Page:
Published October 09, 2011, 12:00 AM

The Devils Lake story

Keith Sellner, one of the duck hunters at the Sellner-Fleissner-Kent duck camp near Devils Lake, N.D., wanted to go visit a neighboring farmer not long ago. The farm was a couple of miles away from the duck camp, but Sellner had to drive 14 miles to get there.

By: Sam Cook, Duluth News Tribune

Keith Sellner, one of the duck hunters at the Sellner-Fleissner-Kent duck camp near Devils Lake, N.D., wanted to go visit a neighboring farmer not long ago. The farm was a couple of miles away from the duck camp, but Sellner had to drive 14 miles to get there.

That’s because Devils Lake has risen 32 feet in the past 18 years. It’s inundating highways, swallowing country roads and forcing residents to take the long way around to visit each other. It’s also gobbling up farmland and threatening to flood towns such as Devils Lake and Minnewaukan.

“There’s no panic here. We’re not going to drown,” said Richard Peterson, publisher of the Benson County Farmers Press in Minnewaukan since 1963. “It comes up slowly, and we have to get out of the way.”

The city of Devils Lake is in the process of building a levee along the edge of town to hold the lake at bay. Minnewaukan built a dike after the lake flooded its sewage treatment lagoon in 1996.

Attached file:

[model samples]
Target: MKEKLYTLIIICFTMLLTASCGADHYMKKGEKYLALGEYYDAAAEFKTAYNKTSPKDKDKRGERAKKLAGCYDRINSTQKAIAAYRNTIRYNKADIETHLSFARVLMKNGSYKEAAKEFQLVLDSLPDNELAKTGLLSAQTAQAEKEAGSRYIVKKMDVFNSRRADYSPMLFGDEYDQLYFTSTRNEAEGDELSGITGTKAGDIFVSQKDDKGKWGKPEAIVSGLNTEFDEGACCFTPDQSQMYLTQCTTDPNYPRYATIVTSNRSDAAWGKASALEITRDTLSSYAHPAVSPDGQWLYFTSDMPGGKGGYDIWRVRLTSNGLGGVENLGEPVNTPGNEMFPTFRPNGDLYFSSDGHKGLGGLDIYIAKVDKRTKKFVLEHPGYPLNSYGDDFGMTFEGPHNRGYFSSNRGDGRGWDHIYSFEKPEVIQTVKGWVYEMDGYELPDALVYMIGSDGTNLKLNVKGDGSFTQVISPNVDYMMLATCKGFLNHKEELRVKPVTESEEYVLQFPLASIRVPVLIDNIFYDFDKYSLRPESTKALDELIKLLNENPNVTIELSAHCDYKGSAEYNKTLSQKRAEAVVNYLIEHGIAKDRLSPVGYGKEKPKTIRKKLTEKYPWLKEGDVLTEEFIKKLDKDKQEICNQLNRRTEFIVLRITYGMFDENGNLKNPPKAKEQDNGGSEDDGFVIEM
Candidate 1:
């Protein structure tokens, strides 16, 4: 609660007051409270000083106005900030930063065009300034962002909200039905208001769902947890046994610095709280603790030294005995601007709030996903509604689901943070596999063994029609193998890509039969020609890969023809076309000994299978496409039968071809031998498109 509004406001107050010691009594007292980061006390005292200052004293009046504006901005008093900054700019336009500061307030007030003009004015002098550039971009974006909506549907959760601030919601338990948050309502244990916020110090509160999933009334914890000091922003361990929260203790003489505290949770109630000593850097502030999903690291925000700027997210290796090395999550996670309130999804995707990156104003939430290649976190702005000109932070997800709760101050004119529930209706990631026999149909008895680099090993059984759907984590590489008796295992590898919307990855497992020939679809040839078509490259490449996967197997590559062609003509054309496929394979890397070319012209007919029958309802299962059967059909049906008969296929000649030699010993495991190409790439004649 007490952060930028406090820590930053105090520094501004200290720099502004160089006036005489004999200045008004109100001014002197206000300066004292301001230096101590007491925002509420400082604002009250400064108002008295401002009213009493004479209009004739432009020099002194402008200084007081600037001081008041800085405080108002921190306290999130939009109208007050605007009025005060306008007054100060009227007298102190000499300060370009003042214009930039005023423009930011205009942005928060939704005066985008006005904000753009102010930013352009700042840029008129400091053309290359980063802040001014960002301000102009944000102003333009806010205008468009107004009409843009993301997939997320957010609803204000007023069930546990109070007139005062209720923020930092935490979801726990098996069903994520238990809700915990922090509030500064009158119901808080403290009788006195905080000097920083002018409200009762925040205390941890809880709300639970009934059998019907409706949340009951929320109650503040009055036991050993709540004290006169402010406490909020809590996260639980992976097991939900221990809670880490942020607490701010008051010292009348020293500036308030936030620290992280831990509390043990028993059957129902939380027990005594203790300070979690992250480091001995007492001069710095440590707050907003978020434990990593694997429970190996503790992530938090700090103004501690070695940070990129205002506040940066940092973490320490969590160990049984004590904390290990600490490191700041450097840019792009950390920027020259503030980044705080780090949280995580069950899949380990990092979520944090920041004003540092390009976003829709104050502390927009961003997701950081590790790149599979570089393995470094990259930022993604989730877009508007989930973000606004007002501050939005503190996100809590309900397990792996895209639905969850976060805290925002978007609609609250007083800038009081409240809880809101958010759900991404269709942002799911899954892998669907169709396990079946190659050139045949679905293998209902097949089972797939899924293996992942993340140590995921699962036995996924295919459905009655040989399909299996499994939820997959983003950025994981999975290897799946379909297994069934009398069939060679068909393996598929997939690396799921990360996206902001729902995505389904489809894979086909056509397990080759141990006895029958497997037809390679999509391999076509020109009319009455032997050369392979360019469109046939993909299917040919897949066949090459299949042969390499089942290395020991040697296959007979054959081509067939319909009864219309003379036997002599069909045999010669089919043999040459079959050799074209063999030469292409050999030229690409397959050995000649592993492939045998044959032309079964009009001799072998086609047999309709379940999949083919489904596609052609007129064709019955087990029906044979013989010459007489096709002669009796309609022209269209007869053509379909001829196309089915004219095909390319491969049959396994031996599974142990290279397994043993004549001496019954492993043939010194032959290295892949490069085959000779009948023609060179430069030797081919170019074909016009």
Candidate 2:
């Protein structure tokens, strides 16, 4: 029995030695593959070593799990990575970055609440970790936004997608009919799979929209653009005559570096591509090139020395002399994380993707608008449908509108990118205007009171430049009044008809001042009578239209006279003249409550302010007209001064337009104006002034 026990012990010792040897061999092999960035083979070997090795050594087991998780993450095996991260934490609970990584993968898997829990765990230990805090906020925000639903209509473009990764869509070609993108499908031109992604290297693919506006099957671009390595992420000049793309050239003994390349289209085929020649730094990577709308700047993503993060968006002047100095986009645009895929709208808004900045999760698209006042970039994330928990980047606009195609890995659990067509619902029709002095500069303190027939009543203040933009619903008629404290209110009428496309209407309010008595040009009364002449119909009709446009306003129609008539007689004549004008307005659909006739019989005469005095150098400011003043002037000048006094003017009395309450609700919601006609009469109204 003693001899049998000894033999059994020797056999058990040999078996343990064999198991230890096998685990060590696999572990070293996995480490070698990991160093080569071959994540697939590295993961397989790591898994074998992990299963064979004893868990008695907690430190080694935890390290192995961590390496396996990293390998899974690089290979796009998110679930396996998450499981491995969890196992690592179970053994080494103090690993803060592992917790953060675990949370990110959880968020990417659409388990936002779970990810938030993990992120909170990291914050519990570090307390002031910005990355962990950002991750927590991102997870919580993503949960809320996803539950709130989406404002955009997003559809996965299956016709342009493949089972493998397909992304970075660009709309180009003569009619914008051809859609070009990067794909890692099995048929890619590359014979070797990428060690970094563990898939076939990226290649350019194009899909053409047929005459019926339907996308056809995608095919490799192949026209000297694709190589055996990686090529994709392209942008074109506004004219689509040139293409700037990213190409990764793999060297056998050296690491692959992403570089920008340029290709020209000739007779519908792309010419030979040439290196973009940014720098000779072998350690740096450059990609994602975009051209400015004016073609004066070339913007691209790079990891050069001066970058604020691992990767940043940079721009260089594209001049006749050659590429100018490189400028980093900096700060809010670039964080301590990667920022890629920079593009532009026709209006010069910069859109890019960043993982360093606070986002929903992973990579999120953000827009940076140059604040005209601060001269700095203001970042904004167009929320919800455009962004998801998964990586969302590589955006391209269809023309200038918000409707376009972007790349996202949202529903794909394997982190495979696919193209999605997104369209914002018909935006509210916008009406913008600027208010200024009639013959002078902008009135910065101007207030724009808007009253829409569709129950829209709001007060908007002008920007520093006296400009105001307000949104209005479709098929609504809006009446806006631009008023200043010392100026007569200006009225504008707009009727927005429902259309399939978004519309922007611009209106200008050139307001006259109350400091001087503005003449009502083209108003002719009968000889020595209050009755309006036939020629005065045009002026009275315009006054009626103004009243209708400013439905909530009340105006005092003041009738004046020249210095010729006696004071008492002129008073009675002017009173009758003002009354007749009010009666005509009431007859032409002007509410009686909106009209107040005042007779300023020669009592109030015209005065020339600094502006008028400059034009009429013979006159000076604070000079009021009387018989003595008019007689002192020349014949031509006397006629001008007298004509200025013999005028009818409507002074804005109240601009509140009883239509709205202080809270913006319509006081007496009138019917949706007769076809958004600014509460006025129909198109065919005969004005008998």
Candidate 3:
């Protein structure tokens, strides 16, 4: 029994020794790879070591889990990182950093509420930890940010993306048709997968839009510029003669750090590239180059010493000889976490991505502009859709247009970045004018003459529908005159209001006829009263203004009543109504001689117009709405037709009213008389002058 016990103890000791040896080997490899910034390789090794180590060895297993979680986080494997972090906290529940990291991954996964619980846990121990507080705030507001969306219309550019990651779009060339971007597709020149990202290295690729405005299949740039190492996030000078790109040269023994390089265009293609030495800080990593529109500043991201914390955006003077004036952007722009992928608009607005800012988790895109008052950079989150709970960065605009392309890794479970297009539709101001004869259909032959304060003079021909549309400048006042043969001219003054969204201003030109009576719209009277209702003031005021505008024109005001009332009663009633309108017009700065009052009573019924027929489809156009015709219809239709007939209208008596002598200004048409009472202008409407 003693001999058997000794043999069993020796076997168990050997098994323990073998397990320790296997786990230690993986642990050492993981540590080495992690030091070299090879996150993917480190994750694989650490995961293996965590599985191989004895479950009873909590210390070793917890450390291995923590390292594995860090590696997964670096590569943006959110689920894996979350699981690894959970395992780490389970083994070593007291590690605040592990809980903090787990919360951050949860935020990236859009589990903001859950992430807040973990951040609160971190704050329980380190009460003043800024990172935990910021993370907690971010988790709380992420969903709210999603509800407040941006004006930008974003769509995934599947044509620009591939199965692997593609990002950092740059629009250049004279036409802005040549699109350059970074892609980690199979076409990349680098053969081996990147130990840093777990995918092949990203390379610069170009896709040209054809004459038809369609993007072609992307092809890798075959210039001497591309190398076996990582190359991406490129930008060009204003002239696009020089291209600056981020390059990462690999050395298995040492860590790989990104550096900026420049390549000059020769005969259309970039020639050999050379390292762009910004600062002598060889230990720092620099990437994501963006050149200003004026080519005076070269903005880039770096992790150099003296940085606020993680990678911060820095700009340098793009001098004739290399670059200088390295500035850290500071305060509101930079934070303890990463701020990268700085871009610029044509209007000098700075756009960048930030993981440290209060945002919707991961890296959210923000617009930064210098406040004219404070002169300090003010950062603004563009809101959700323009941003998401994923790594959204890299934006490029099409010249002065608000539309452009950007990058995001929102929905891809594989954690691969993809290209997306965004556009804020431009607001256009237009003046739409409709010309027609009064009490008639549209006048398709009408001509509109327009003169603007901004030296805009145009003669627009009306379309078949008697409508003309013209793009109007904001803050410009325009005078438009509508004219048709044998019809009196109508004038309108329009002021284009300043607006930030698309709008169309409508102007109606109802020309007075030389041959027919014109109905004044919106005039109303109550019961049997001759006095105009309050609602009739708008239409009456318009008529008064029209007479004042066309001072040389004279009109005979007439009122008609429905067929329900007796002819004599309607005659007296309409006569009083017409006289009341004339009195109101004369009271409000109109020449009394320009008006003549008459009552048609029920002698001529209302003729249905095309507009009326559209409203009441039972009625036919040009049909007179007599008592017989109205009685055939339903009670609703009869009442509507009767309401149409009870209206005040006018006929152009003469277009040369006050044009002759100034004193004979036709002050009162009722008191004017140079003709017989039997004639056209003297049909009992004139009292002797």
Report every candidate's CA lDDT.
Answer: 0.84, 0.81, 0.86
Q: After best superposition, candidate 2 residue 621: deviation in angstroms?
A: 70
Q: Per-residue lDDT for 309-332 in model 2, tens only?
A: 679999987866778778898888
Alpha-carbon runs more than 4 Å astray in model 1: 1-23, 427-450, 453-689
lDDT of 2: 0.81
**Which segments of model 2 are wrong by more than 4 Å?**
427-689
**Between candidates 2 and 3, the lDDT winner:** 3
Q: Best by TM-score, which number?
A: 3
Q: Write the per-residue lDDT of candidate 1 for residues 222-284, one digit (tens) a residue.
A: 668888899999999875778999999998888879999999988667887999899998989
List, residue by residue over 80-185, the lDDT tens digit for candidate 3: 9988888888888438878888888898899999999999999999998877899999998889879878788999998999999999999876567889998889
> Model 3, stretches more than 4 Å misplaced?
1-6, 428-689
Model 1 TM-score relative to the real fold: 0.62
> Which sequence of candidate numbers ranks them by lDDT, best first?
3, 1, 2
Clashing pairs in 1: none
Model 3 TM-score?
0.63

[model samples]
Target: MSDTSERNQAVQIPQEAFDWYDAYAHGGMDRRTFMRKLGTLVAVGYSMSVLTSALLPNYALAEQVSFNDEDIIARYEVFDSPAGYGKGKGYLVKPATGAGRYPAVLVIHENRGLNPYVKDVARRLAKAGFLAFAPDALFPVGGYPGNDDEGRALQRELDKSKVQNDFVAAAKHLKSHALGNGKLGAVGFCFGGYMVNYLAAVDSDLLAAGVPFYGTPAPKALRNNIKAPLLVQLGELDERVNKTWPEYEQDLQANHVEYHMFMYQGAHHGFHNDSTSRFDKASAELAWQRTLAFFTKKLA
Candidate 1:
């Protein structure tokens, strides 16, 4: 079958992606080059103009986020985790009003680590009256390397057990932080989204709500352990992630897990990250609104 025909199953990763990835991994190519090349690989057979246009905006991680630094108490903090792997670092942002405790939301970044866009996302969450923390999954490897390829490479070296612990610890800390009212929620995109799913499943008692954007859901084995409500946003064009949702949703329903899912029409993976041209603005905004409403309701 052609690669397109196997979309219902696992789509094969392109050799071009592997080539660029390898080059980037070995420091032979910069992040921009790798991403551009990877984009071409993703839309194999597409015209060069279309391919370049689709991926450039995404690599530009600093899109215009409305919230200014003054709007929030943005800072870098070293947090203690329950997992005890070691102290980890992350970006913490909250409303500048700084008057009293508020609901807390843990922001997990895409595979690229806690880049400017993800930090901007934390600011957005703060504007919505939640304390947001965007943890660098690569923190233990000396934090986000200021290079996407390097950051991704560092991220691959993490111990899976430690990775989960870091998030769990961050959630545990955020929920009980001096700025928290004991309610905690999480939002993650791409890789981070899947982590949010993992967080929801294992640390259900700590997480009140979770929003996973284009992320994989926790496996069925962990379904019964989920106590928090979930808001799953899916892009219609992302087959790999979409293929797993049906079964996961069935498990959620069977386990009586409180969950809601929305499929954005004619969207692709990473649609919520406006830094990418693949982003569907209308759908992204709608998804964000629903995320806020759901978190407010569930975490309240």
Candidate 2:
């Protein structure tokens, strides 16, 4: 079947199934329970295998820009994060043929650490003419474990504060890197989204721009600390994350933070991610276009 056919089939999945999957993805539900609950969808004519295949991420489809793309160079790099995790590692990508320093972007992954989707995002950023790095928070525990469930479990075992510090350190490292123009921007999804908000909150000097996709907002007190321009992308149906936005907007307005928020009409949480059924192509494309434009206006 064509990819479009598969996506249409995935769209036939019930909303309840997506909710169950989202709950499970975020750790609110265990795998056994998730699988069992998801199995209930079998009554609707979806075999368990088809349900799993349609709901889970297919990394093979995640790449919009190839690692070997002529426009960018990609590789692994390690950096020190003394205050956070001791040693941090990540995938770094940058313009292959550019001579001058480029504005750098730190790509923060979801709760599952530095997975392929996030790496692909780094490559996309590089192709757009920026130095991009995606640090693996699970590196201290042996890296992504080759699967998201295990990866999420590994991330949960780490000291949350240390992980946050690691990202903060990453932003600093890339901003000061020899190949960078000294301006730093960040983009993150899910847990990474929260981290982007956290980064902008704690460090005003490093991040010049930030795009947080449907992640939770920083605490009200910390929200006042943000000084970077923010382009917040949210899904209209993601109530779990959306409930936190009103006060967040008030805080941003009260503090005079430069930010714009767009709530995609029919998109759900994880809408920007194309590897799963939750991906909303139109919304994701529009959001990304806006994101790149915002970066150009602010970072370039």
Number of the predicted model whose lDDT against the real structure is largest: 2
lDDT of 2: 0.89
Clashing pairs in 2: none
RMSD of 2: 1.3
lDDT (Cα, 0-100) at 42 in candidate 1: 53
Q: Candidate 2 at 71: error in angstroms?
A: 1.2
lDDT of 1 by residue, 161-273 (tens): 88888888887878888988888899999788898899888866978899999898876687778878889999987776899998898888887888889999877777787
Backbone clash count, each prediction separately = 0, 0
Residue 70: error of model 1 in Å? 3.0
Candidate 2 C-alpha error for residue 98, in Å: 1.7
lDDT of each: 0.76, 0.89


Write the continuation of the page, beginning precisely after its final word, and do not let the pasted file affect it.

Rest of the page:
The reason for the rising water is pretty simple.

“More rain,” Peterson said. “Since ‘92, the precipitation has just been wild.”

In addition, farmland drainage in the northern part of the Devils Lake watershed has aggravated the problem by sending the water to the lake’s basin sooner instead of letting it percolate through the soil.

Devils Lake has been rising since 1940 in “fits and starts,” Peterson said, “but since ‘92, it’s been rising with a vengeance.”

In 1992, the lake level stood at 1,423 feet above sea level, and now it’s pushing 1,455 feet. In the same period, the lake has quadrupled in surface area from 45,000 to nearly 200,000 acres.

Devils Lake is a natural lake, so its level cannot be controlled by a dam. If its level tops 1,458 feet, it will find a natural outflow to the Sheyenne River and meander to the Red River of the North.

While duck hunters and anglers are enjoying the bounty of Devils Lake, farmers can only watch and wait as Devils Lake continues to rise and swallow up valuable cropland. In the future, Keith Sellner will have to make a much longer drive if he wants to visit the farmer who once lived just a couple of miles from the duck camp. He’s moving to Colorado.

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